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      Changes in calcitropic hormones, bone markers and insulin-like growth factor I (IGF-I) during pregnancy and postpartum: a controlled cohort study.

      Osteoporosis International

      Adult, Biological Markers, blood, Bone Remodeling, physiology, Bone and Bones, metabolism, Calcitonin, Calcium, Case-Control Studies, Estradiol, Female, Homeostasis, Hormones, Humans, Insulin-Like Growth Factor I, Lactation, Osteogenesis, Parathyroid Hormone, Postpartum Period, Pregnancy, Prolactin, Vitamin D, analogs & derivatives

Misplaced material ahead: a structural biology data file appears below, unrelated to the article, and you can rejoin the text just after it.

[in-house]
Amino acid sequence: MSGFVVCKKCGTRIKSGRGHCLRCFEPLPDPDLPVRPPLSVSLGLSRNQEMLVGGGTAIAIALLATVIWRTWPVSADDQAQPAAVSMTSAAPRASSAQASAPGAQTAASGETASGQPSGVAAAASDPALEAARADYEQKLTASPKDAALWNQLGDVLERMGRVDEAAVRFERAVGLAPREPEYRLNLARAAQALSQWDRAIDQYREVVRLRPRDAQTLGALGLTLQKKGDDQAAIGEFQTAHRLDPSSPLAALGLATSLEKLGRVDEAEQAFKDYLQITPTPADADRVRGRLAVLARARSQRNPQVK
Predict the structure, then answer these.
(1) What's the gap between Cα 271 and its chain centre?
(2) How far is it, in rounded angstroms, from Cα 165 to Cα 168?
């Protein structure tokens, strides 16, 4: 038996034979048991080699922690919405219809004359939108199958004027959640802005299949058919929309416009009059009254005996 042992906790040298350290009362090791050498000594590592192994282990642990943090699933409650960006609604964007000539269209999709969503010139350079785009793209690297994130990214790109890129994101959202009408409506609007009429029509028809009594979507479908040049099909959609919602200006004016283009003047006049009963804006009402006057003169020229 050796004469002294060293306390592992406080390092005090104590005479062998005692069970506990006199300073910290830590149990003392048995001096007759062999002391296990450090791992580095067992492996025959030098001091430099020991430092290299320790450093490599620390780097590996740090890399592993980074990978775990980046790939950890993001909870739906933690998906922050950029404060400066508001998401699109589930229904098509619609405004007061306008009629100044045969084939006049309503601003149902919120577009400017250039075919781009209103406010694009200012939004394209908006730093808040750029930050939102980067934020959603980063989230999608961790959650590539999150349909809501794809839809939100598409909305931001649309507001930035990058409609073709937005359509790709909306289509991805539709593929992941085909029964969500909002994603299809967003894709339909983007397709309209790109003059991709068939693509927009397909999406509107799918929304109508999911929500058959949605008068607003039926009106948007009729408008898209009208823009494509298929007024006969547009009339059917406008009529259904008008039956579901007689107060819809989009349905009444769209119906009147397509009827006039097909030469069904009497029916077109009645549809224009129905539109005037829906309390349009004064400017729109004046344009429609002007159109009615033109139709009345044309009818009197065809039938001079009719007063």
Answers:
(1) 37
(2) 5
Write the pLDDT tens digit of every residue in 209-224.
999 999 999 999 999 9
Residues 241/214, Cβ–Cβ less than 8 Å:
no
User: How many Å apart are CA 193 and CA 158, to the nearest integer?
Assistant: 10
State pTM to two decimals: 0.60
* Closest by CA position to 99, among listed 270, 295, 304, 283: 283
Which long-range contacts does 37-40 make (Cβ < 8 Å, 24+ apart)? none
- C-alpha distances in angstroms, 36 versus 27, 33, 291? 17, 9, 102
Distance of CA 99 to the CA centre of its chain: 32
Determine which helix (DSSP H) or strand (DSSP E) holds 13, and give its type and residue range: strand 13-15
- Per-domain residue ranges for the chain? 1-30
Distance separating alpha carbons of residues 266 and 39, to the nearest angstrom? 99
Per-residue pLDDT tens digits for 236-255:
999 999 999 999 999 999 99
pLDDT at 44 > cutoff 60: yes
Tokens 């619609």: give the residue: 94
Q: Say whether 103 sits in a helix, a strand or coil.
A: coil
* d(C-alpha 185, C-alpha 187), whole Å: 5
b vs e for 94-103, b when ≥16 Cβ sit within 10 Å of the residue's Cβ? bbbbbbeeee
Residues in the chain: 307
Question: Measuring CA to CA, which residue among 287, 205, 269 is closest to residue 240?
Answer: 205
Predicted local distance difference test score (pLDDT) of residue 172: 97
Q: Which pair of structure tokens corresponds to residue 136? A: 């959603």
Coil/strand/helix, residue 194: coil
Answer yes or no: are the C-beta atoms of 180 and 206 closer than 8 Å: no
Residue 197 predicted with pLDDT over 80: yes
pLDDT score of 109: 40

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          Pregnancy and lactation cause major changes in calcium homeostasis and bone metabolism. This population-based cohort study presents the physiological changes in biochemical indices of calcium homeostasis and bone metabolism during pregnancy and lactation We describe physiological changes in calcium homeostasis, calcitropic hormones and bone metabolism during pregnancy and lactation. We studied 153 women planning pregnancy (n=92 conceived) and 52 non-pregnant, age-matched female controls. Samples were collected prior to pregnancy, once each trimester and 2, 16 and 36 weeks postpartum. The controls were followed in parallel. P-estradiol (E2), prolactin and 1,25-dihydroxyvitamin D (1,25(OH)2D) increased (p<0.001) during pregnancy, whereas plasma levels of parathyroid hormone (P-PTH) and calcitonin decreased (p<0.01). Insulin-like growth factor I (IGF-I) was suppressed (p<0.05) in early pregnancy but peaked in the third trimester. Postpartum, E2 was low (p<0.05); prolactin decreased according to lactation status (p<0.05). 1,25(OH)2D was normal and IGF-I was again reduced (p<0.05). P-PTH and calcitonin increased postpartum. From early pregnancy, markers of bone resorption and formation rose and fall, respectively (p<0.001). From the third trimester, bone formation markers increased in association with IGF-I changes (p<0.01). Postpartum increases in bone turnover markers were associated with lactation status (p<0.001). During lactation, plasma phosphate was increased, whereas calcium levels tended to be decreased which may stimulate PTH levels during and after prolonged lactation. The increased calcium requirements in early pregnancy are not completely offset by increased intestinal calcium absorption caused by high 1,25(OH)2D since changes in bone markers indicated a negative bone balance. The rise in bone formation in late pregnancy may be initiated by a spike in IGF-I levels. The high bone turnover in lactating women may be related to high prolactin and PTH levels, low E2 levels and perhaps increased parathyroid hormone-related protein levels.

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